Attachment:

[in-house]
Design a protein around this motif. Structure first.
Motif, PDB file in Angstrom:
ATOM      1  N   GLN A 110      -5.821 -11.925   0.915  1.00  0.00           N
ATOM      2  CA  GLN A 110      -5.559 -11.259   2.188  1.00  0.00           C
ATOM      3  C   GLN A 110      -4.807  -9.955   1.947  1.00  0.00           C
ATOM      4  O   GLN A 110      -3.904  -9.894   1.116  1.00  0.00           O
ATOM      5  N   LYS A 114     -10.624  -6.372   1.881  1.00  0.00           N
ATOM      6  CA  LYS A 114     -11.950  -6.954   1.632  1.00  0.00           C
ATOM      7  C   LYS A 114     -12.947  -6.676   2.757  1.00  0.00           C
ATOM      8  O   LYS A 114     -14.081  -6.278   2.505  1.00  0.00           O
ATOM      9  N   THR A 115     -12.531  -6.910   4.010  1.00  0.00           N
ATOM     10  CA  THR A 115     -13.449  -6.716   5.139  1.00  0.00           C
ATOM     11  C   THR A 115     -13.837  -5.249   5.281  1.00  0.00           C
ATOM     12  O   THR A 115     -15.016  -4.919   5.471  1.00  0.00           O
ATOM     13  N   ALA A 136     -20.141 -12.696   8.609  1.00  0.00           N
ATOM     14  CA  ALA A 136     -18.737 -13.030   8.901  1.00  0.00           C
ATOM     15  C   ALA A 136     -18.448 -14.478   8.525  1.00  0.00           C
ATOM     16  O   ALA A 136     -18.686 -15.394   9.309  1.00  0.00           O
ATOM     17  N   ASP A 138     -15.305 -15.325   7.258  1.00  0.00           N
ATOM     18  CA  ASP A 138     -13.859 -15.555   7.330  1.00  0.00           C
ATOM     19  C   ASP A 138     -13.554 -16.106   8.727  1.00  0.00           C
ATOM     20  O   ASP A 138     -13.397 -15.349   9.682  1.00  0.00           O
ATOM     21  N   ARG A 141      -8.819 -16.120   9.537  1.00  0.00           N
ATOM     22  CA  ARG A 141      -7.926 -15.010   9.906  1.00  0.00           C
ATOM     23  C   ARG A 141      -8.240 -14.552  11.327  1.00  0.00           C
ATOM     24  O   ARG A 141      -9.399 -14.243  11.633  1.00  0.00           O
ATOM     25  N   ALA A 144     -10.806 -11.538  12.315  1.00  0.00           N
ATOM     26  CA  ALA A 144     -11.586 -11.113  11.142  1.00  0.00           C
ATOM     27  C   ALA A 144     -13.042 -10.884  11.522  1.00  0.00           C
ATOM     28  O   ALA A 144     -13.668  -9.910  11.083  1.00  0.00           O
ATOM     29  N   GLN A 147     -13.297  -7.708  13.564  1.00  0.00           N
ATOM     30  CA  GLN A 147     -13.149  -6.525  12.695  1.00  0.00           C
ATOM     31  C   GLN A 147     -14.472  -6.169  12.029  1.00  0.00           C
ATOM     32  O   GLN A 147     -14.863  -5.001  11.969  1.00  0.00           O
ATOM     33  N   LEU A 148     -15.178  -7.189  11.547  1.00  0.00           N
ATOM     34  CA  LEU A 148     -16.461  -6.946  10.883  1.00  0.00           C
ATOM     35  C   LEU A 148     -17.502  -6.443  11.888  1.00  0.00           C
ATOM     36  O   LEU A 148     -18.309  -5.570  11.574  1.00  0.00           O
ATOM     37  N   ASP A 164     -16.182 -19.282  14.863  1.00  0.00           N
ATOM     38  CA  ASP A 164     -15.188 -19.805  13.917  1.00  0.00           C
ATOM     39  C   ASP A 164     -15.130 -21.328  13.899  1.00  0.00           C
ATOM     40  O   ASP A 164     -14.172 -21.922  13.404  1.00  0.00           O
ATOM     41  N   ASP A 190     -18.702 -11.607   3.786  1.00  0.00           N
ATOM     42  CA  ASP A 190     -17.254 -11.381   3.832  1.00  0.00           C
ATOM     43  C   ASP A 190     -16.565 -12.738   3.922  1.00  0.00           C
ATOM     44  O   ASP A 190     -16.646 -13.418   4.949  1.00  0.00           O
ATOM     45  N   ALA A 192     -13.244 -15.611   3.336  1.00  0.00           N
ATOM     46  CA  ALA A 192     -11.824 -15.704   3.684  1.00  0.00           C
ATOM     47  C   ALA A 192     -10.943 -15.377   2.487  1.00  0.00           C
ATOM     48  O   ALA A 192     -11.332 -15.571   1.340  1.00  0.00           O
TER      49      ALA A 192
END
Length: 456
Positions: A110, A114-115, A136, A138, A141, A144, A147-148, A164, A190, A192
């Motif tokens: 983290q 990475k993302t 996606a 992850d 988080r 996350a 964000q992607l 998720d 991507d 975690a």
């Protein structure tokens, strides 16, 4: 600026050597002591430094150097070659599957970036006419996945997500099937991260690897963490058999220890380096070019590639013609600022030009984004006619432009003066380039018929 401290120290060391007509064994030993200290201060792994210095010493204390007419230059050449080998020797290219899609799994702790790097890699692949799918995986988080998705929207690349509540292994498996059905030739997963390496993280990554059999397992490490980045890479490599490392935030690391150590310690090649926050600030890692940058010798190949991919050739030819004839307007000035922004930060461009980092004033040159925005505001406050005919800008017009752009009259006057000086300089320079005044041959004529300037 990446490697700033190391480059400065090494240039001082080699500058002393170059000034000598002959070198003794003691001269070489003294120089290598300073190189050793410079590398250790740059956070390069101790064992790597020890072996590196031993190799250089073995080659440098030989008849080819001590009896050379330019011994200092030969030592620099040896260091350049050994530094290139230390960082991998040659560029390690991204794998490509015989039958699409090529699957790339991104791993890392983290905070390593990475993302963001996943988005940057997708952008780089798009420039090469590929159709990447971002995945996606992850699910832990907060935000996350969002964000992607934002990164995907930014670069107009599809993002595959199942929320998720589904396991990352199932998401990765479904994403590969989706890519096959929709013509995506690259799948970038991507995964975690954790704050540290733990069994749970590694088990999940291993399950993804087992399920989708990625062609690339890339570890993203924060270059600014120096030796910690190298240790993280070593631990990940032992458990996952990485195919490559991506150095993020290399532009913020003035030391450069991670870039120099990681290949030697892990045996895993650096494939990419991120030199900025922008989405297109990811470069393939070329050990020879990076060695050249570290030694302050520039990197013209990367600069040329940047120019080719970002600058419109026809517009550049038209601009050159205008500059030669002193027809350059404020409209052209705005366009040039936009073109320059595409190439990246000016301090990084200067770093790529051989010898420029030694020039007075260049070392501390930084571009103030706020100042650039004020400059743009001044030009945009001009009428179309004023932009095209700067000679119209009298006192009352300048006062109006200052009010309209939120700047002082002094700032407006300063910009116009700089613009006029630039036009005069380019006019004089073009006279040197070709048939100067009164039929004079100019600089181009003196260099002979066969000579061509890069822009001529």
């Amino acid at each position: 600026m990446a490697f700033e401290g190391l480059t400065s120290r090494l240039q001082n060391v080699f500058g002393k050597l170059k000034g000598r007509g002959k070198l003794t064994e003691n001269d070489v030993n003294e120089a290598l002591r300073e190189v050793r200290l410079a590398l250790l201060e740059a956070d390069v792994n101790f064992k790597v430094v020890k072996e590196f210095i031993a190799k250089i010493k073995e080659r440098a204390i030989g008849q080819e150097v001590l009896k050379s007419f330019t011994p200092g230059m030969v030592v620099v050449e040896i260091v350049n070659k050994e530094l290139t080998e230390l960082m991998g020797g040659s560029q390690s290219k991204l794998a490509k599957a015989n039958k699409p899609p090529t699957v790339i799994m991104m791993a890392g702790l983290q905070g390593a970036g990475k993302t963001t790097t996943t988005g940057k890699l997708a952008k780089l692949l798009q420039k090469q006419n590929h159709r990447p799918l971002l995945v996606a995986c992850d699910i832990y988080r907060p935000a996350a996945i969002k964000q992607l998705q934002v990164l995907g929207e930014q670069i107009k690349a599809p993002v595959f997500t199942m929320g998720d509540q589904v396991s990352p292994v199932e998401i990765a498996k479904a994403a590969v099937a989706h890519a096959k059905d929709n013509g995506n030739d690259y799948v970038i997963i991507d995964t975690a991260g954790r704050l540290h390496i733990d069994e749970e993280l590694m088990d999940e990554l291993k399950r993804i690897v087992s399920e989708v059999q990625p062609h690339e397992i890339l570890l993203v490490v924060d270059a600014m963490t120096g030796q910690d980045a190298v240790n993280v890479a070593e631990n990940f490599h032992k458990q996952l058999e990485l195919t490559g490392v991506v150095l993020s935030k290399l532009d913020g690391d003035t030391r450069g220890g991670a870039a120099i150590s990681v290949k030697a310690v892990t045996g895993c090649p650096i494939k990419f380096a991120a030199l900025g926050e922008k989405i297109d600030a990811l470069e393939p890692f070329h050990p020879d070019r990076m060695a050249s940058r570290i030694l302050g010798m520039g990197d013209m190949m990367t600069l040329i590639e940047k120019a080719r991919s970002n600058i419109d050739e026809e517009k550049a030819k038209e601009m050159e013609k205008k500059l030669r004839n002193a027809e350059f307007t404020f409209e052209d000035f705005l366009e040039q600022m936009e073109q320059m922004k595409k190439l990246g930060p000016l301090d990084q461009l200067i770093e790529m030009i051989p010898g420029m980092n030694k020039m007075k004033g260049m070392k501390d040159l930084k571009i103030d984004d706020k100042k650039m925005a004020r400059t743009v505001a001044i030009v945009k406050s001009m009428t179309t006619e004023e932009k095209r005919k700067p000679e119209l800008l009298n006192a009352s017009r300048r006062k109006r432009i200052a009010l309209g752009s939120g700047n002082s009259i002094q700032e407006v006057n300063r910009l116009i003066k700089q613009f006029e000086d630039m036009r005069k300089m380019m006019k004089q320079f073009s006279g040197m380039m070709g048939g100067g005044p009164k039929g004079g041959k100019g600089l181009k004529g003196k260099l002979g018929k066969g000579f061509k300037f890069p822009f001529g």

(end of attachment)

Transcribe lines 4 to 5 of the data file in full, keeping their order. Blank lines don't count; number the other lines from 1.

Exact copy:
ATOM      1  N   GLN A 110      -5.821 -11.925   0.915  1.00  0.00           N
ATOM      2  CA  GLN A 110      -5.559 -11.259   2.188  1.00  0.00           C